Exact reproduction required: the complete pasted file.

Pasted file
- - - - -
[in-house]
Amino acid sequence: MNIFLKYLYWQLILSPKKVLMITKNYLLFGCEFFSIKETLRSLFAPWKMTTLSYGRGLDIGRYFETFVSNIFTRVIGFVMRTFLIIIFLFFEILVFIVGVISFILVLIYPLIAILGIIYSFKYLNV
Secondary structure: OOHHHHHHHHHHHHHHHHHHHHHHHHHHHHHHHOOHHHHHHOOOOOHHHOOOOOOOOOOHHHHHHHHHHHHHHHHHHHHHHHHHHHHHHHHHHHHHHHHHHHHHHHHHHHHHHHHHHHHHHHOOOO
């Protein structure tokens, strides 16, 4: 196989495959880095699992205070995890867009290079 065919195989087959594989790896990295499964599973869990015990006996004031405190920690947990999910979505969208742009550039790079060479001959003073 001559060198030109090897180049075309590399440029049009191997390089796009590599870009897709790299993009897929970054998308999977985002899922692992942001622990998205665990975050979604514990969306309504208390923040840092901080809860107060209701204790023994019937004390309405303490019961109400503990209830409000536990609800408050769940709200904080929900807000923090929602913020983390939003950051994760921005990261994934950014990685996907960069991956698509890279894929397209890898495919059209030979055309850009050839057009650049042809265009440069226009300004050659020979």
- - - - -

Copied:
[in-house]
Amino acid sequence: MNIFLKYLYWQLILSPKKVLMITKNYLLFGCEFFSIKETLRSLFAPWKMTTLSYGRGLDIGRYFETFVSNIFTRVIGFVMRTFLIIIFLFFEILVFIVGVISFILVLIYPLIAILGIIYSFKYLNV
Secondary structure: OOHHHHHHHHHHHHHHHHHHHHHHHHHHHHHHHOOHHHHHHOOOOOHHHOOOOOOOOOOHHHHHHHHHHHHHHHHHHHHHHHHHHHHHHHHHHHHHHHHHHHHHHHHHHHHHHHHHHHHHHHOOOO
């Protein structure tokens, strides 16, 4: 196989495959880095699992205070995890867009290079 065919195989087959594989790896990295499964599973869990015990006996004031405190920690947990999910979505969208742009550039790079060479001959003073 001559060198030109090897180049075309590399440029049009191997390089796009590599870009897709790299993009897929970054998308999977985002899922692992942001622990998205665990975050979604514990969306309504208390923040840092901080809860107060209701204790023994019937004390309405303490019961109400503990209830409000536990609800408050769940709200904080929900807000923090929602913020983390939003950051994760921005990261994934950014990685996907960069991956698509890279894929397209890898495919059209030979055309850009050839057009650049042809265009440069226009300004050659020979």